EMPLOYER INTEREST GROUPS have warned that the government’s plans to make them foot the bill for the first four weeks of employees’ sick pay will result in job losses.
Social Protection Minister Joan Burton today held a consultative forum that considered plans to make employers foot the bill for the first four weeks that workers are off sick with the “feasibility and potential impacts” of such measures discussed.
She is reported to have told the forum in Dublin that the number of people claiming illness and disability payment had increased by 40 per cent over a ten-year period from 2001 to 2011 and cost the State €876 million last year alone.
Burton estimates that the changes could save some €89 million per year and hopes her proposals can be finalised in time for the next budget, RTÉ reports.
The proposals were welcomed in some quarters but the Small Firms Association (SFA) condemned the idea saying that it would result in job losses and will act as a “strong disincentive” for job creation.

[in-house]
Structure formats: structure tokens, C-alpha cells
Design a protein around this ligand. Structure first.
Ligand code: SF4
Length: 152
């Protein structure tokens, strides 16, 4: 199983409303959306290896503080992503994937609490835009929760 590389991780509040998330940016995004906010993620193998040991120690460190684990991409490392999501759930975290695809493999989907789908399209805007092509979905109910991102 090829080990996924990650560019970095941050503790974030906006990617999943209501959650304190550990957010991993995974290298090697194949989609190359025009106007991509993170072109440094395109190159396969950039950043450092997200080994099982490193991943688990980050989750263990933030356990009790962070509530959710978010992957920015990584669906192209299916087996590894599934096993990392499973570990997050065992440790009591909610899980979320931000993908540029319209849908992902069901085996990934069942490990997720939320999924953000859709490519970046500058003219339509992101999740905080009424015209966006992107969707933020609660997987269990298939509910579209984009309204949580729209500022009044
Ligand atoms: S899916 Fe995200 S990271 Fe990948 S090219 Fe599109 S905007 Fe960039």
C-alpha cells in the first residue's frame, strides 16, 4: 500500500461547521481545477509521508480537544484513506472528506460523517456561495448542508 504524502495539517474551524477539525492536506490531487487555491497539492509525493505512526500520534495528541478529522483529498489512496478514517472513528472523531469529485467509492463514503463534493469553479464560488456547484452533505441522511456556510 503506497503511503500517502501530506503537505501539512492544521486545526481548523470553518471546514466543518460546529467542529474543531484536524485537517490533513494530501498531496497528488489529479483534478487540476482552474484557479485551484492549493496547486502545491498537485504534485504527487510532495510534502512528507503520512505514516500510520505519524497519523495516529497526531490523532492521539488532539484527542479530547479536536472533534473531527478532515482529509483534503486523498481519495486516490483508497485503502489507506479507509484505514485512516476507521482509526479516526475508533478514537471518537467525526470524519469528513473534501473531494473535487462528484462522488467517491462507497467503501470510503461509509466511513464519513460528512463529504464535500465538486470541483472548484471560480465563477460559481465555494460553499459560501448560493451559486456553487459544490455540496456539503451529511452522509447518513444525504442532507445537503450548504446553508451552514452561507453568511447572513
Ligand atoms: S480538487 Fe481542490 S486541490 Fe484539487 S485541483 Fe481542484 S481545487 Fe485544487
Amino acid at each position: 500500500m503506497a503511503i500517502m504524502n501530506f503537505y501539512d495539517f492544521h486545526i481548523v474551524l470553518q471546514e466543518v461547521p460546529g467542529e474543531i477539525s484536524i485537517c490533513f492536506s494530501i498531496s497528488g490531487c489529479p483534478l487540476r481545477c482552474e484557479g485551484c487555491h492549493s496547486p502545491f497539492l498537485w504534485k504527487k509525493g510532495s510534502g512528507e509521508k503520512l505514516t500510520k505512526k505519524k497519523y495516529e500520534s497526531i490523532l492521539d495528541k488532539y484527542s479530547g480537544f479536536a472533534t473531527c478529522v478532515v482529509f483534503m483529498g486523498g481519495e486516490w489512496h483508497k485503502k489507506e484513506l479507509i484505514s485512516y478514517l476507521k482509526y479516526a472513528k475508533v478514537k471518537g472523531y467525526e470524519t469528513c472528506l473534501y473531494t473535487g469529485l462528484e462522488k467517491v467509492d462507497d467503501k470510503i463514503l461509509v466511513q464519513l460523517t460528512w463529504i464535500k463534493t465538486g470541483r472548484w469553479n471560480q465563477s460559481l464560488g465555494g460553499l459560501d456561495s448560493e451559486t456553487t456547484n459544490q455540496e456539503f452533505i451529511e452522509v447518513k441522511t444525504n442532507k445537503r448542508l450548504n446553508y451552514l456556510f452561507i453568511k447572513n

Its words were echoed by the Irish Business and Employers Confederation (IBEC) which has consistently criticised the plans to shift the cost of sick pay onto employers.
“This amounts to an additional flat tax on employment, which all businesses will have to pay regardless of their profitability, and is completely unacceptable,” SFA director Patricia Callan said today.
“Employers and their employees already contribute significantly to the social welfare bill through the PRSI system.”
She added: “The Minister is going about this in entirely the wrong way. At the very least, a regulatory impact assessment should be undertaken immediately to assess the impact of the proposal on jobs and competitiveness and the cost/benefit to small business.”
Meanwhile, IBEC said today that the government was just “shifting” costs onto employers and added that the plans were at odds with the government’s Action Plan for Jobs announced last week.
“Putting additional social welfare costs onto employers is simply an extra tax on employment, at a time when jobs should be the priority,” IBEC Director Brendan McGinty said.
“The Government needs to start coming up with sensible and economically sound ways of reducing employment costs, instead of just shifting costs onto employers.”